Pura Vida: The Costa Rican Lifestyle
One of the most fun parts of coming to Costa Rica is getting the chance to learn some Spanish. Many ticos (Costa Ricans) are willing to help share their knowledge, and visitors often say that working together to learn a new language was one of the most fulfilling parts of their trip.
With that said, there is one phrase in español that every traveler should be well acquainted with before arrival: pura vida.
What it means
Pura vida, translated literally, means “pure life.” But in Costa Rican culture, this expression has profound meaning. Pura vida is a greeting and a farewell; it can mean “I’m doing well” or “everything’s cool.” Pura vida can also be used to signal something like “oh well” or “so it goes.” It’s a wonderfully versatile exclamation that sits at the heart of Costa Rican life.
One expat writes that his best definition of pura vida is simply “nothing but life." Other sources say it’s about the same as “hakuna matata.” However you choose to define this term, it means a lot to Costa Rica and its people.
Instead of searching for one concise definition, it’s more valuable to see pura vida from the perspective of how it feels. Pura vida helps to describe a cultural tendency in Costa Rica to value and enjoy the simplest things in life. It’s finding the beauty in the essentials, and living for those easygoing joys.
Pura vida is enjoying a meal with the family. Pura vida is coexistence with nature. Pura vida is clocking out of the office and leaving everything behind for a few precious days. Pura vida is perfect surf at sunrise. In other words, pura vida is the good life.
But Pura vida isn’t just a colloquialism that ticos like to use. It’s the official national motto, which says a lot about the priorities of the Costa Rican people, and just might be part of the reason that Costa Rica has one of the world's blue zones.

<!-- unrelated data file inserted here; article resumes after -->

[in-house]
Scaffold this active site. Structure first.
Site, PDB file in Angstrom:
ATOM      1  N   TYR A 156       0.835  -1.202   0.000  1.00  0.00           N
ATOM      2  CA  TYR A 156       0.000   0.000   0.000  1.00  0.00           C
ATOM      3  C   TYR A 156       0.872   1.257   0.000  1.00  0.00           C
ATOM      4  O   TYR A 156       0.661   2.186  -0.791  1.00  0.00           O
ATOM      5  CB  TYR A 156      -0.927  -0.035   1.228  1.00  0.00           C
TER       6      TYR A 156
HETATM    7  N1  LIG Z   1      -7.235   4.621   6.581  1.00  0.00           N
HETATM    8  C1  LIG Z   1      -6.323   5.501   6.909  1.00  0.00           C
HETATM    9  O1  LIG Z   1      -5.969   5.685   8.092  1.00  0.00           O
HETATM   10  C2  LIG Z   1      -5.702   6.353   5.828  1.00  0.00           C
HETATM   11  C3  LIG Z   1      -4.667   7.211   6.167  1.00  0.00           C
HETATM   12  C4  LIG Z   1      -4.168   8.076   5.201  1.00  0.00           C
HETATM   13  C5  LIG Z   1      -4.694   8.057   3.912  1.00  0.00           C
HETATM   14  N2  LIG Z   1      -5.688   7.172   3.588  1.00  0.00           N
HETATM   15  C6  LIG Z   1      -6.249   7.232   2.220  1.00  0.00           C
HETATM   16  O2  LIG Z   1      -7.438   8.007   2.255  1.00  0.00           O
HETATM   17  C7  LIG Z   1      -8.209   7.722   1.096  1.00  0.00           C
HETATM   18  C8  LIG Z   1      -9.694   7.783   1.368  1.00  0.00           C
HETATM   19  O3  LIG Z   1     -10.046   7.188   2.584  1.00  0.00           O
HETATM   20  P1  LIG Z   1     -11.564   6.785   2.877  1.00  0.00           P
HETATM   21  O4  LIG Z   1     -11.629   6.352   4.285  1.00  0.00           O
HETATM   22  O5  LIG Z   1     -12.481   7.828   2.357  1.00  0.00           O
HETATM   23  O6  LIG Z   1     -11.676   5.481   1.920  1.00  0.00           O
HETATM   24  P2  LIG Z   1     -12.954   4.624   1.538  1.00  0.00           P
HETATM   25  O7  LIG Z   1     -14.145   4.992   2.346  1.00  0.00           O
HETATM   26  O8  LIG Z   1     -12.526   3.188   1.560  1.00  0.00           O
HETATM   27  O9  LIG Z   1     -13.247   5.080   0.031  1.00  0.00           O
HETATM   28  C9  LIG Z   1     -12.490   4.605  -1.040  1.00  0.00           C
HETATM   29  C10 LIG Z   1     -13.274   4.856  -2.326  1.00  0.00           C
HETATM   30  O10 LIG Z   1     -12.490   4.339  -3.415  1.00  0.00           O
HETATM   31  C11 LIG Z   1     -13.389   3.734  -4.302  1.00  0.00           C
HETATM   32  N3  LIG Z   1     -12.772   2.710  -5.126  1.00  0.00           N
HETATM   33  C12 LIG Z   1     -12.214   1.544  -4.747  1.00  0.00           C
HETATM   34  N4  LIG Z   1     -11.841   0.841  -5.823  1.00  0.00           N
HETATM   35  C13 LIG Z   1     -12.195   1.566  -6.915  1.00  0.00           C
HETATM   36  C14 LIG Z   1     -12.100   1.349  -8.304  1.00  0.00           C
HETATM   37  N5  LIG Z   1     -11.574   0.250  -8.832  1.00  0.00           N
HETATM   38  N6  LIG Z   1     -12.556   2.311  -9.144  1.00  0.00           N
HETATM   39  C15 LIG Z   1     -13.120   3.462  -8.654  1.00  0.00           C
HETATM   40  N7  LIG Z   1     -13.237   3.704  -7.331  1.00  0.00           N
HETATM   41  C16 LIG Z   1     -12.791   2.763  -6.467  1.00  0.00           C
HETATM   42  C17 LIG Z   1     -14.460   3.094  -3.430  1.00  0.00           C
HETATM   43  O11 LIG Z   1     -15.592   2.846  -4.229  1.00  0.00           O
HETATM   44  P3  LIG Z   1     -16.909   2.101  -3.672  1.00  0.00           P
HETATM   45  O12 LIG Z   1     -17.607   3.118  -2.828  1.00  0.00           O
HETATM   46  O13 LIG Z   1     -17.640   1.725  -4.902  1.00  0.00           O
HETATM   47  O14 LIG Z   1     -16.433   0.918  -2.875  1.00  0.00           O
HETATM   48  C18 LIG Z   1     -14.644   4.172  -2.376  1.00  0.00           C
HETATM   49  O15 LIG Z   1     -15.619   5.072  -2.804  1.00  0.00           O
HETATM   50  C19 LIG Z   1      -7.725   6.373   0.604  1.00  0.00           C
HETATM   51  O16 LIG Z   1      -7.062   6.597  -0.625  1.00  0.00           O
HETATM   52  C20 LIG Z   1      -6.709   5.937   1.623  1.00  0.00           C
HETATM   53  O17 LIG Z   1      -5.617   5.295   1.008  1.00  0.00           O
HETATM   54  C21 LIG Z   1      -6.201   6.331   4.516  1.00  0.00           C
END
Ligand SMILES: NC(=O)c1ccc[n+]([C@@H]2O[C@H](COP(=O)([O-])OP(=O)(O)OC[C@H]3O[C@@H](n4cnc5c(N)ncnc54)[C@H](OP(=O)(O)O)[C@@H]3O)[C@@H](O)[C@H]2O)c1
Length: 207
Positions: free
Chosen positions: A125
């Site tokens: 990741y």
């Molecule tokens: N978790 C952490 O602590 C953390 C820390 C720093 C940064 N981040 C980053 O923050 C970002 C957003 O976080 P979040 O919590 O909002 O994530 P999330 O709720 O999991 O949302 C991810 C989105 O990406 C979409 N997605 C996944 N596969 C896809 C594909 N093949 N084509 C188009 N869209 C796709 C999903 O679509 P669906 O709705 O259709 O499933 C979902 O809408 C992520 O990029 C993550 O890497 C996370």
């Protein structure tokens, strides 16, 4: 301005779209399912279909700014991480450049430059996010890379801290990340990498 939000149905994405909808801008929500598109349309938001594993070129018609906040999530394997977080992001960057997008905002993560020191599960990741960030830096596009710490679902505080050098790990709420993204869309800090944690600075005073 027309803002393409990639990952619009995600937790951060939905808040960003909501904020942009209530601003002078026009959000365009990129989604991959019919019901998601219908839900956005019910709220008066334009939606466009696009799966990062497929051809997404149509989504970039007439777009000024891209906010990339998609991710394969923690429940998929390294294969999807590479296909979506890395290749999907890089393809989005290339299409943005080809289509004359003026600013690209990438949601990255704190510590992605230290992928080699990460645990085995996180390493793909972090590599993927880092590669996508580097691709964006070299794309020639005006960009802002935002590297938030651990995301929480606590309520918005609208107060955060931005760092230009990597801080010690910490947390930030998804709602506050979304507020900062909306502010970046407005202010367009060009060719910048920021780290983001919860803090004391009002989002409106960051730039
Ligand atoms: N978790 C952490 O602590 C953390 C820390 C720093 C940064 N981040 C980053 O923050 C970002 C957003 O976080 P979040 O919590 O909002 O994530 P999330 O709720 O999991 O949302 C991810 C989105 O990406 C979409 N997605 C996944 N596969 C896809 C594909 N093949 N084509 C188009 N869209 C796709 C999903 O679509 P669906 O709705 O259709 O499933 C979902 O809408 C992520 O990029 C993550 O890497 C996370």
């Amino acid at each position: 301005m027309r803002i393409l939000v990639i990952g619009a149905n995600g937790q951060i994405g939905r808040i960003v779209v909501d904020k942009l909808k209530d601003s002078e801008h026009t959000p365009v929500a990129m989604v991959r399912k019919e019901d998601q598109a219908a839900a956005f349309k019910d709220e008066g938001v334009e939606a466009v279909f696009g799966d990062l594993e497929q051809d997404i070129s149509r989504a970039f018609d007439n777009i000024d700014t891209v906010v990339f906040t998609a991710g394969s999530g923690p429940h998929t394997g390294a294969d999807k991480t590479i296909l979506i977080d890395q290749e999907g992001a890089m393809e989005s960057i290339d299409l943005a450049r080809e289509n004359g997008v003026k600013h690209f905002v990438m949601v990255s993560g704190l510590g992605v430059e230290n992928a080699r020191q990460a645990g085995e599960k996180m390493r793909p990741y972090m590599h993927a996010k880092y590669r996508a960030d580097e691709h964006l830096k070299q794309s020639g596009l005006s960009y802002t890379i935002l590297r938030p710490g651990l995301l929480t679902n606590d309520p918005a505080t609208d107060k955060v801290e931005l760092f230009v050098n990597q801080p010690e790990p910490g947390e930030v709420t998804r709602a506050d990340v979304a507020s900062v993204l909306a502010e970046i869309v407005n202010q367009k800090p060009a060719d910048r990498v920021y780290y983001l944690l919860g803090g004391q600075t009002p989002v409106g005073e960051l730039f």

Most accounts tie the Costa Rican origins of pura vida to the release of a Mexican film of the same name in 1956. That film featured a protagonist played by comedian Antonio “Clavillazo” Espino, who uses pura vida as his eternally optimistic catchphrase — a way to show he’s happy, even when nothing seems to go his way.
By the 1970s and 80s, pura vida had become shorthand for the sense of positivity and hospitality that had come to define the nation.
At the time, things were going great for Costa Rica, thanks to its peaceful political climate and stable, tourist-friendly economy. Over time the term strayed from being an expression of happiness in the face of hard luck into a catch-all way to describe good times.
Why it matters
For visitors, pura vida is a reminder of why Costa Rica is one of the happiest nations on Earth. It’s a linguistic touch that expresses the joy that people from all corners of the world feel when they step off the airplane.
For anyone who has visited Costa Rica, pura vida connects you to vibrant memories of natural beauty and unique culture.
For ticos, pura vida is an especially important phrase because it reminds them of home no matter where they are. It also helps to identify fellow ticos anywhere in the world. It’s a bond among the community, a clarion call to prioritize the simple things in life.